At this point in the process we retain the 10% of stocks with the highest momentum:
Step 5 - Momentum Quality Ranking
“All momentum is not created equal”
Having identified our universe, removed those stocks that presented us with the greatest risk of permanently destroying capital, identified the cheapest decile of stocks using our composite value metric and determined which of those stocks demonstrate the greatest generic (i.e. 12_2) momentum we now rank our remaining candidates based on the “quality” of their momentum.
But what is “quality” momentum and how does it differ from the “generic” momentum we identified in the previous step?
Jack Vogel of Alpha Architect explains quality momentum as follows:
The details for calculating momentum quality are complex, but the intuition is simple. Consider two hypothetical momentum stocks: Stock A is a box store, Stock B is a biotechnology company, and both companies have a 200% return over the past 12 months. However, assume A and B have vastly different paths to 200% returns.
Buzzing Biotech: Stock B’s returns were 0% for 11 months, but just recently Stock B was granted an FDA approval for a new drug and the stock shot up 200%.
Boring BigBox Store: Stock A has returned 0.80% each day, on average, for the past 250 days, and has generated a 200% return.
Stock A and Stock B are both considered momentum stocks, but Buzzing Biotech’s path is much different from Boring BigBox’s path. So-called “path dependency” matters, if momentum is driven by an investor bias referred to as “limited attention.” For example, Buzzing Biotech’s FDA approval will likely be covered by the media and be highly available to investors, thus rapidly driving the company’s price to efficient levels. However, Boring BigBox is delivering news that is consistently better than market expectations over a longer period, and because the attention to Boring BigBox is limited, this good news is slow to be incorporated into market prices. Below we graphically depict a hypothetical example of 2 “high” momentum stocks.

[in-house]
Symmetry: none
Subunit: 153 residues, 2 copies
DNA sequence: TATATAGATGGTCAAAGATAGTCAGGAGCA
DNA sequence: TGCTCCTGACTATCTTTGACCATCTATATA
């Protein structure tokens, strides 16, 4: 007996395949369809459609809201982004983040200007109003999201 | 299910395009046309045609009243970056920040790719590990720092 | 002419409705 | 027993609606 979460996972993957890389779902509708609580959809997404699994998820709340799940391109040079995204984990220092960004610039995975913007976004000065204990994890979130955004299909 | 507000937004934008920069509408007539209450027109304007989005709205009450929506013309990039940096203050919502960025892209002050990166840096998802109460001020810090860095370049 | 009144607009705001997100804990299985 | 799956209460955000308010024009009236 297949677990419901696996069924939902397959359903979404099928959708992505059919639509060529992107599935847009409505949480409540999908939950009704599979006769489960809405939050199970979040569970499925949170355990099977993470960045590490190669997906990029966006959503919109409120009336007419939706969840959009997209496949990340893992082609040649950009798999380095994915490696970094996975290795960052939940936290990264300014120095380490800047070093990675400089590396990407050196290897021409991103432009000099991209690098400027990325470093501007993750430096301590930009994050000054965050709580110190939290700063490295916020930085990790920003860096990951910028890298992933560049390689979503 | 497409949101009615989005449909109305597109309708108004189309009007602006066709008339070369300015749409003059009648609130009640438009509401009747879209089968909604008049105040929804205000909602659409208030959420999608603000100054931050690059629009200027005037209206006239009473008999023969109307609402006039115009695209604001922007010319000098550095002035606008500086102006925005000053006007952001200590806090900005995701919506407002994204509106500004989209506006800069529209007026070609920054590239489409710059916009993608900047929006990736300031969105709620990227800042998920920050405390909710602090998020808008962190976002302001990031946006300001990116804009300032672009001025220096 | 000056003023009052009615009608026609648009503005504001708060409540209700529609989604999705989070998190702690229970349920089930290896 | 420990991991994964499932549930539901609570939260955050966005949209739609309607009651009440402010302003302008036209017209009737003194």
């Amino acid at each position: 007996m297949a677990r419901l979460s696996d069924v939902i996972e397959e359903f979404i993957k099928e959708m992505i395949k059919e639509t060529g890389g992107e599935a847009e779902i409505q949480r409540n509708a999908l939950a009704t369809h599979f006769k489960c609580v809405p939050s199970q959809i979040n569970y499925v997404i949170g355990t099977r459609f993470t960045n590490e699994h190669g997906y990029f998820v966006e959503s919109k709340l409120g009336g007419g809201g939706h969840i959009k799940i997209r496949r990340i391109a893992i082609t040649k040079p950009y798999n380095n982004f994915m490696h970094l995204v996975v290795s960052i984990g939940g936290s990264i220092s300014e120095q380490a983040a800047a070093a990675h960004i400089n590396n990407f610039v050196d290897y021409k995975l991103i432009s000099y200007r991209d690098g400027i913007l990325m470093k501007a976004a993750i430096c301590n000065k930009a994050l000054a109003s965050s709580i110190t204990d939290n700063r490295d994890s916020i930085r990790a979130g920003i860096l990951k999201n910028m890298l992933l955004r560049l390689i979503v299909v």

Although testing the “limited attention” hypothesis in the context of momentum is challenging, we’re lucky that finance professors have been hard at work. In a 2014 paper titled, “Frog-in-the-Pan: Continuous Information and Momentum,” Zhi Da, Umit Gurun, and Mith Awarachka find that high momentum firms with smooth, or “high-quality” momentum, tend to do better than those firms with choppy low-quality momentum [xxi].
In this step of the process we rank the remaining stocks on the quality of their momentum:
Step 6 - Construct & Manage
Steps 1 to 5 systematically seek to identify the lowest risk, cheapest, highest quality momentum stocks. However, we still need to specify how we construct and manage the portfolio.
The components of portfolio construction and management are addressed below:
Defining “Risk” - we define risk as the probability of the permanent loss of capital rather than volatility or any variant thereof. The permanent loss of capital when investing in equities is possible. While it is said that finance suffers from “physics envy”, we think an adaption of the law of conservation of energy applies to investing; “risk cannot be destroyed, only changed from one form to another”.
Currency Risk - constructing a global equity portfolio creates exposure to foreign currencies (we usually convert the base currency into the local currency when investing in stocks denominated in a non-base currency), and we do not hedge against it. This is primarily because we do not necessarily see foreign currency fluctuations as a risk; on the contrary, we see hedging foreign currency exposure as creating a “concentration risk” in a single currency. However, we might consider hedging currency exposure if, for example, a currency stretched far from its 5-year average relative to other currencies, or some other extraordinary situation presented itself.